Falling in Love with the World: Thomas Fleischner works to revitatize natural history

Thomas Fleischner, co-founder of North Cascades Institute, will read from The Way of Natural History at Village Books on July 8 at 4 pm. Info at www.ncascades.org/events.
Thomas Fleischner is a man on a mission. An environmental studies professor at Prescott College in Arizona, cofounder of the North Cascades Institute and founding president of the Natural History Network, Fleischner has worked in the trenches of conservation biology, environmental education and ecological literacy for decades. His latest effort towards these interrelated goals is the publication of The Way of Natural History, a multidisciplinary anthology featuring contributions from Jane Hirshfield, Robert Michael Pyle, Kathleen Dean Moore, Robert Aiken, Dave Foreman, Scott Russell Sanders and others.
Fleischner lived in Bellingham from 1979-1988, attending WWU for his Master’s in Biology degree, working as an Interpretive Naturalist and Backcountry Ranger for North Cascades National Park and serving as co-director for North Cascades Institute. I had the opportunity to talk with him while he is back in town, readying for his July 8 presentation at Village Books.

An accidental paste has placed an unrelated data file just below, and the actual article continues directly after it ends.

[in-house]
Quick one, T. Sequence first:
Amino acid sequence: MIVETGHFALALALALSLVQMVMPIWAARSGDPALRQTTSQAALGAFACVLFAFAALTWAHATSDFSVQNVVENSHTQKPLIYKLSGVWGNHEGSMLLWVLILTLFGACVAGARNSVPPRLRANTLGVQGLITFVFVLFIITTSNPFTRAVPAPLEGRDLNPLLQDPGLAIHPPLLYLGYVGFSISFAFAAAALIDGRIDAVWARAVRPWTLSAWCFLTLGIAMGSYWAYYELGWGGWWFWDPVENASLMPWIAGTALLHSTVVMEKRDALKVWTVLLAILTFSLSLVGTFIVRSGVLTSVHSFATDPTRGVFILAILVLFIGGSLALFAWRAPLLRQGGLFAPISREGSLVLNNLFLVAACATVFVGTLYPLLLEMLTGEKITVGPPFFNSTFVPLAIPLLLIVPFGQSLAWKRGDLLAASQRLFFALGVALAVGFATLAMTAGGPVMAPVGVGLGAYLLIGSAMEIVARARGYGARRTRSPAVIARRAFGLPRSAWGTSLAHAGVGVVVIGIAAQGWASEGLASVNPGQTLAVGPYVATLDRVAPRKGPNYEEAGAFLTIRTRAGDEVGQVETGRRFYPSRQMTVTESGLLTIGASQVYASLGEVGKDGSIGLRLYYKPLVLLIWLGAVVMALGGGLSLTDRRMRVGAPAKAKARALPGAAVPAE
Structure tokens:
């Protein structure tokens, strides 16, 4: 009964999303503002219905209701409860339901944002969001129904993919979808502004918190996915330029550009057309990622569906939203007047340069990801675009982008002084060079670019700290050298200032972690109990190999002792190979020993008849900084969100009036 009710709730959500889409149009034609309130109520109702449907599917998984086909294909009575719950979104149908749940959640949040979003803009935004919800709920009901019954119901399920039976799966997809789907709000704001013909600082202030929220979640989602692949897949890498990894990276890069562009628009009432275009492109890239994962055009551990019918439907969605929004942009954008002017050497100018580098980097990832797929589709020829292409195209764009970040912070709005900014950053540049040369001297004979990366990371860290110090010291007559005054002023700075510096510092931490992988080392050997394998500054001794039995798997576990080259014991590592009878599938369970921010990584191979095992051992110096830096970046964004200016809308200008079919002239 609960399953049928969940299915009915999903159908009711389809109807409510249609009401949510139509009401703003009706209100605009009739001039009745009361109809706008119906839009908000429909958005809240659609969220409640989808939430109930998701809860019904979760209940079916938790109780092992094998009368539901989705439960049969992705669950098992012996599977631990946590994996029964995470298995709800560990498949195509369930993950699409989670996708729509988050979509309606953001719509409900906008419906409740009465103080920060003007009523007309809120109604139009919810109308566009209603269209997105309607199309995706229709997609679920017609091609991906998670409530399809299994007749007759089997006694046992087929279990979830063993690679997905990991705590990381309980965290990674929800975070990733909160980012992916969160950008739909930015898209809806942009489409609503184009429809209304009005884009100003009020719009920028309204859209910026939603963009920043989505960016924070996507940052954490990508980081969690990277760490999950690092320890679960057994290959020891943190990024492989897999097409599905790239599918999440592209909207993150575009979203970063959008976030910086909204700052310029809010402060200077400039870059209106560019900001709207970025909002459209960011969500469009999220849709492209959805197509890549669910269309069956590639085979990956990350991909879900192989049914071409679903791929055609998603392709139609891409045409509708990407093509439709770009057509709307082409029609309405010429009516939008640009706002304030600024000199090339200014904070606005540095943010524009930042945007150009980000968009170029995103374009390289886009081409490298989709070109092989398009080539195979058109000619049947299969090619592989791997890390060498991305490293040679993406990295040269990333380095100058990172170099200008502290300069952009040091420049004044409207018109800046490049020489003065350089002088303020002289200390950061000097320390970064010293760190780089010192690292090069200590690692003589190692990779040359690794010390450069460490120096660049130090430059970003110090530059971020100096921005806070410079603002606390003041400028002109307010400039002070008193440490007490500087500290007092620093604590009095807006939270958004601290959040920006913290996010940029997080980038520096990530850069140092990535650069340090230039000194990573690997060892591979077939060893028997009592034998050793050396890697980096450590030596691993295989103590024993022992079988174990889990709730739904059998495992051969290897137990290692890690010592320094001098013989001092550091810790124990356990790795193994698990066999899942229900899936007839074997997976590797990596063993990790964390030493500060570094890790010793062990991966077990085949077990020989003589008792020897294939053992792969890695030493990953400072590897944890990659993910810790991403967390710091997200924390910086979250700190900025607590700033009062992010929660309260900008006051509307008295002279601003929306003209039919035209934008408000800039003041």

Christian Martin: How do you define natural history as it pertains to your new book?
Thomas Fleischner: For some years now, I’ve defined natural history as “the practice of intentional, focused attentiveness to the more-than-human world, guided by honesty and accuracy.” Simply put, it’s the practice of paying attention.
In this book, I gathered together a variety of voices—poets, artists, musicians, philosophers, scientists and others—to hear how this practice of paying attention to the wider world has served their work and play. Natural history is a fundamental human trait—and need. Their stories show how many different ways this can be manifested.
CM: So, natural history involves a way of seeing the world?
TF: In my mind, natural history is a verb, not a noun—it’s the practice of attending, not just the body of knowledge that accrues from the observations. I’ve come to refer to natural history as the practice of falling in love with the world.
Natural history at its best involves integration between sciences, arts and humanities. It’s at the center of a liberal approach to education: we pay attention to the world around us and respond in a variety of ways—through a painting, a poem, an essay or a scientific monograph.
CM: What are the roots of this tradition?

TF: Natural history is the oldest continuous human endeavor—there’s never been people on this planet without the practice of natural history. But – and this is what concerns me—there’s never been a time in the history of the world when natural history was practiced less than it is today.
It’s important to recognize that natural history is more than just science, more than just a body of facts, more than dinosaurs and other dead animals. Natural history comes from the Latin “Historia Naturalis,” which literally means “the story of nature.” At any moment, in any given place, there’s an infinite number of stories of nature unfolding. We make choices about which ones we pay attention to—or if we pay attention at all. And that’s crucial: too many people simply don’t pay attention to Others in the world. As a species, as a contemporary culture, we’re greatly diminished by this.
CM: How is natural history related to the idea of “Citizen Science”?